~  Just think of it as a "growth opportunity"  ~
Tuesday, November 22, 2005
What’s Christmas without Christmas?
In an unprecedented wicked move, Target has officially removed "Christmas" from Christmas.
The American Family Association (AFA) wants help from the shopping public in using this upcoming Thanksgiving holiday weekend (Nov. 25, 26 and 27) to keep sending a message to Target Stores about the national chain's faith-and-family-unfriendly practices by boycotting their stores. What has led to this?
- Target has refused to let the Salvation Army put their kettles in front of the stores
- They have implemented a nation-wide policy banning all use of "Merry Christmas" in their internal store operations and in their advertising.
Target's decision "sends an unmistakable message of hostility toward people and organizations of Christian faith."
"For more than 100 years, the Salvation Army has demonstrated itself to be a trustworthy charitable organization, yet now the retail giant, Target Corporation, has publicly questioned the Salvation Army's place in our nation's Christmas traditions."
Target wants the profits from Christian families' spending, but the retailer does not want their holiday message nor the spirit of their charities.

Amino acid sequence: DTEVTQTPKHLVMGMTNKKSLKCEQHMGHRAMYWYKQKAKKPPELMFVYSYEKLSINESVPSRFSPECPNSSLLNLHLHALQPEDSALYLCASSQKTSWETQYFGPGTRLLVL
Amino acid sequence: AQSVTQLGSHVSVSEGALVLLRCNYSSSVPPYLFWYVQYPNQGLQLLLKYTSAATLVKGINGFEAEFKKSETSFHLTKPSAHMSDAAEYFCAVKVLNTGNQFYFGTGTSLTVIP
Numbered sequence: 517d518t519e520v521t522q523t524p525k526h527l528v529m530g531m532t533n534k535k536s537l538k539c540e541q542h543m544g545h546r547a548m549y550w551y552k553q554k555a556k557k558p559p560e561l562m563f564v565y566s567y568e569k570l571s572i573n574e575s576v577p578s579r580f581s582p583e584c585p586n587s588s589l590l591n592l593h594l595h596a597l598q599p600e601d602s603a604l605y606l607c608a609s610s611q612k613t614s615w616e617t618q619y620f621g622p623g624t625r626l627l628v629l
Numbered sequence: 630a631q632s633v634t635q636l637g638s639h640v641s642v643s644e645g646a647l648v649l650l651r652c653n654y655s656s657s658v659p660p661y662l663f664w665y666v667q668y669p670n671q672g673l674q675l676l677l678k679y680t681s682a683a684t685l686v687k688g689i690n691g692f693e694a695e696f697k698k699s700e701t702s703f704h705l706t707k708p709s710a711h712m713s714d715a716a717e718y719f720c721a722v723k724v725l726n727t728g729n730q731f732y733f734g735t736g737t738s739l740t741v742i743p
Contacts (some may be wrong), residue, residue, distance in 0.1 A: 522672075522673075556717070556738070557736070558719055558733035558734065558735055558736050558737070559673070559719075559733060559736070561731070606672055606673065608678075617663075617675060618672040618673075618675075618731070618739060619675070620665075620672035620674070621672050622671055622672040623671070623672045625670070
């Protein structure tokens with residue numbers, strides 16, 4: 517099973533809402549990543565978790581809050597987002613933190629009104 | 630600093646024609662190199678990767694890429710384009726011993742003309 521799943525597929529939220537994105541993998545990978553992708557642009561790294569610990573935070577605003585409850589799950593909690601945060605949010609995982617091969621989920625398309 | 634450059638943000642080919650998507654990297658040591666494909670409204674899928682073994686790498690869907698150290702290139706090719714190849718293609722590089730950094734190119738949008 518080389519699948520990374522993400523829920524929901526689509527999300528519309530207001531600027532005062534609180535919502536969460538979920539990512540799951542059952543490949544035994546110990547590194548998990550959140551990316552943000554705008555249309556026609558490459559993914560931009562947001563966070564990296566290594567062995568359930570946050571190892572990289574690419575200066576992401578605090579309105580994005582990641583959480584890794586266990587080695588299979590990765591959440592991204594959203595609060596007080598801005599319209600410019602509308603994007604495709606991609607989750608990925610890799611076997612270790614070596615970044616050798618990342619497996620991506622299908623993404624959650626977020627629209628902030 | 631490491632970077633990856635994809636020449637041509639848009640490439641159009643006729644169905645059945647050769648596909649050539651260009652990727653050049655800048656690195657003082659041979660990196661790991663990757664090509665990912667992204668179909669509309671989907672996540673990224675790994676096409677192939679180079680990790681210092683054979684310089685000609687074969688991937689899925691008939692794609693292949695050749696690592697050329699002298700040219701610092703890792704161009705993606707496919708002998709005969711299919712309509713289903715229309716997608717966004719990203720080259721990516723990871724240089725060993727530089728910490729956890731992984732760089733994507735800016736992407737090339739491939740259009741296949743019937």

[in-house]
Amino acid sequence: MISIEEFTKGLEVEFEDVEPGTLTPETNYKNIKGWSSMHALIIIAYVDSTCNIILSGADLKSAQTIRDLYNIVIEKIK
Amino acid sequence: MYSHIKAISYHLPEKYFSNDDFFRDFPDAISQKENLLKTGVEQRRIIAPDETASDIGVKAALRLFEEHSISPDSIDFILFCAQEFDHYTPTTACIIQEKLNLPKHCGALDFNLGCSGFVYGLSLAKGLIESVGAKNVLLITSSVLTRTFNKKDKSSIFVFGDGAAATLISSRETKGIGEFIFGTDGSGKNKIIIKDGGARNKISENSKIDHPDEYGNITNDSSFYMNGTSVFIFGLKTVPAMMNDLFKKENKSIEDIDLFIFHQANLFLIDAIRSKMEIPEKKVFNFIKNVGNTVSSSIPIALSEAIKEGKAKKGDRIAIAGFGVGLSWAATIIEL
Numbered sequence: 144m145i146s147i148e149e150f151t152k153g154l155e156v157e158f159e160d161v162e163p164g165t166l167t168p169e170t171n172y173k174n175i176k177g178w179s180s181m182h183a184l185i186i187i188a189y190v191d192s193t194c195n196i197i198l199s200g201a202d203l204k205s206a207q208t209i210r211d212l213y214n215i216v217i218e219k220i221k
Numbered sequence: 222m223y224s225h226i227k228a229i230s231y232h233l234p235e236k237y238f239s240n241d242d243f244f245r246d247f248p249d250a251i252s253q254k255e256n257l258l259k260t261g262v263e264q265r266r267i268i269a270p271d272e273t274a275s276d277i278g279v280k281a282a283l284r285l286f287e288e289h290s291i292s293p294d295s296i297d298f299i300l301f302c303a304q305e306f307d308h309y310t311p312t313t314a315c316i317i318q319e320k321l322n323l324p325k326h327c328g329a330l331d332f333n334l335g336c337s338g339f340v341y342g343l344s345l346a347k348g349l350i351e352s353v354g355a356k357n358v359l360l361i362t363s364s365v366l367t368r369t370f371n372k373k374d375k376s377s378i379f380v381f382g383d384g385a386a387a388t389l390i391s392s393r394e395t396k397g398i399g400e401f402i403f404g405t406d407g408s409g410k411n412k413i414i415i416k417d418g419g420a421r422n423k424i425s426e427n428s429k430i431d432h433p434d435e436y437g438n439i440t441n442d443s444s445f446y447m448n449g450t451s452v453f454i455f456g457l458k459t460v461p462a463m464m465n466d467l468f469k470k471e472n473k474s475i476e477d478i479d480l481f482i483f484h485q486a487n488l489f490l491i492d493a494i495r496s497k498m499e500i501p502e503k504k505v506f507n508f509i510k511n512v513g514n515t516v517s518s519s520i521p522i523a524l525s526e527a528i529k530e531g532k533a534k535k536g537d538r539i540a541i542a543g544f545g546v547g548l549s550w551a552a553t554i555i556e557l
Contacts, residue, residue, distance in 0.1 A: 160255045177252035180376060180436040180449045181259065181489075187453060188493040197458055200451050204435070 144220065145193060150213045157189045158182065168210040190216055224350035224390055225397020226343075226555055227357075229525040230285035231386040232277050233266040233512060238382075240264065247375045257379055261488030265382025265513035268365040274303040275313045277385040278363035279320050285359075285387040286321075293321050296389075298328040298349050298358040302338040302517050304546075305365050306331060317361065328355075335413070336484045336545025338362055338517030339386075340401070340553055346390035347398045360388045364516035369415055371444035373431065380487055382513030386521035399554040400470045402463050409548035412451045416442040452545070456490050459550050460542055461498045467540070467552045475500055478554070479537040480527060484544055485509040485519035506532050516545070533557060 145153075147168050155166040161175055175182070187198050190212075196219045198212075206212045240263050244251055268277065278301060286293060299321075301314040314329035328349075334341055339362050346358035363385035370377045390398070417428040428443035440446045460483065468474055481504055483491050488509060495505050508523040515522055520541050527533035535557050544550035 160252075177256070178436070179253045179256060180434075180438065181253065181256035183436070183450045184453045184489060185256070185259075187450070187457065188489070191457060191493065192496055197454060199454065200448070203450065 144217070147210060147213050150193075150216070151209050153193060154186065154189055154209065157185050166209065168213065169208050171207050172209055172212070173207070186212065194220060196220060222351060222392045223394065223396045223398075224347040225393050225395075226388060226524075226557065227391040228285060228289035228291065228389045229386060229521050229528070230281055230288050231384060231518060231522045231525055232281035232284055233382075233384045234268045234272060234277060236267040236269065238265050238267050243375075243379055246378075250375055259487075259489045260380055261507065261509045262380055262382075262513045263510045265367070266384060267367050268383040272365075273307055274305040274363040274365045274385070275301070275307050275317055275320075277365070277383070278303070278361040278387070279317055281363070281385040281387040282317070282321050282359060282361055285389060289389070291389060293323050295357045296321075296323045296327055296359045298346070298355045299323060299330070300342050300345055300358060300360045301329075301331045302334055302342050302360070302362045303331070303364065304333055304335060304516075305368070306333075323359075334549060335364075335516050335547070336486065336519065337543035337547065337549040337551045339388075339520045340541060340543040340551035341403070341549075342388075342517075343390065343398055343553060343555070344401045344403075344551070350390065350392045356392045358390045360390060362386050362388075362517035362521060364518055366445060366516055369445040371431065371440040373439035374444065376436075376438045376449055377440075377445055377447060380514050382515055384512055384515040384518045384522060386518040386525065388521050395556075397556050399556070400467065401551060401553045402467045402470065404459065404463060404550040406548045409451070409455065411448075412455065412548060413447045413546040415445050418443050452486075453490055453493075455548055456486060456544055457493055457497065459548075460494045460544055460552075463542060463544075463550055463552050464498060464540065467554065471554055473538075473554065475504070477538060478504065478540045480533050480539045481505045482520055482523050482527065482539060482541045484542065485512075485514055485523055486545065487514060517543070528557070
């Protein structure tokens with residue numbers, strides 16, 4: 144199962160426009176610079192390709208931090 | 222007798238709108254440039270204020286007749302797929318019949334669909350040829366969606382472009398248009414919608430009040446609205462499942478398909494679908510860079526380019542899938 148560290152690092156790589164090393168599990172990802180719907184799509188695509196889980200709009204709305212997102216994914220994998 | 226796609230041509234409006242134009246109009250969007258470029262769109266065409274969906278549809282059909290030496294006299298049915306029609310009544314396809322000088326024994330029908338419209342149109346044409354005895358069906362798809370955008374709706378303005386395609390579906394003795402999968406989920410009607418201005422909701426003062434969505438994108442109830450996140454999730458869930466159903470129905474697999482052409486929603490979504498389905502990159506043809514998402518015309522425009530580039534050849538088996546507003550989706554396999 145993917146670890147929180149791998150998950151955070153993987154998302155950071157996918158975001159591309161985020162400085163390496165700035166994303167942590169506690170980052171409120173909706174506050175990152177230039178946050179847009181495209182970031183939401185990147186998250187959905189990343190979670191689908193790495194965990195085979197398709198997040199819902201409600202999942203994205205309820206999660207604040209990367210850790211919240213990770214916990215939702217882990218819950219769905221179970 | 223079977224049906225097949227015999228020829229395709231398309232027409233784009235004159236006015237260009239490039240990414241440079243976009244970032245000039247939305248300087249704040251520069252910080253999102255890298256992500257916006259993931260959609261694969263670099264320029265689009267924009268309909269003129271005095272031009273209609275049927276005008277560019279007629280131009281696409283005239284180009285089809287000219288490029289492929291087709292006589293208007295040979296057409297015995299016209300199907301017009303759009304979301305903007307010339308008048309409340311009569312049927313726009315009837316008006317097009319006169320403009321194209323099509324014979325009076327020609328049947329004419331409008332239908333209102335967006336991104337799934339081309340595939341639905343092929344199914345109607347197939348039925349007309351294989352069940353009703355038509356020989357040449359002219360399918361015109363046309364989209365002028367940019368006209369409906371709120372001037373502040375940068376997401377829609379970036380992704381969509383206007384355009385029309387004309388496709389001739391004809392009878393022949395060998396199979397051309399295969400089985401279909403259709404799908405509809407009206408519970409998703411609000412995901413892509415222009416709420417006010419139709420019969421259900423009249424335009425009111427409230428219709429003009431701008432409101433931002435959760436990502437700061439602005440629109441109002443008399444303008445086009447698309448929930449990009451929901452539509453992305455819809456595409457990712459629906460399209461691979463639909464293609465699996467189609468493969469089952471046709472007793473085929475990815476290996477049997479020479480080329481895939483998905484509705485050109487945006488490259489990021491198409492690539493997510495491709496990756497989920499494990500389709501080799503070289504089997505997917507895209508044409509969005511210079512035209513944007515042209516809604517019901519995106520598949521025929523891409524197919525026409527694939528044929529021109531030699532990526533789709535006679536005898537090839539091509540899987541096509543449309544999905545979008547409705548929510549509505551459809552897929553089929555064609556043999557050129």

If Christmas has more meaning to you than just snow, join us all and Boycott Target for your shopping this holiday season.

. . . = = COMMENTS = = . . .

Volleyball Princess  posted on  Wednesday, November 23, 2005

Where are the limits? When does it become celebrating nothing but the colors red and green (soon enough these colors will become offesive too!) - because I don't understand what politically correct America is celebrating during Christmas. They mention something called holiday "spirt" but what is that supposed to mean? And why? What's the point? Oh yeah, money. Thaaat's right. But if it's only spirit (not the Holy one by the way), why not stretch it even further, like starting the "Holidays" in October and Ending in February sometime. I'm sure it will eventually. I see Christmas decorations up in October anyway, but they take them down the day after Christmas. But why right after Christmas if it's not about Christmas!!

Staver  posted on  Thursday, December 1, 2005

It's like calling a menorah a candlestick. It's wrong. It's offensive. And it disenfranchises a large segment of the community.

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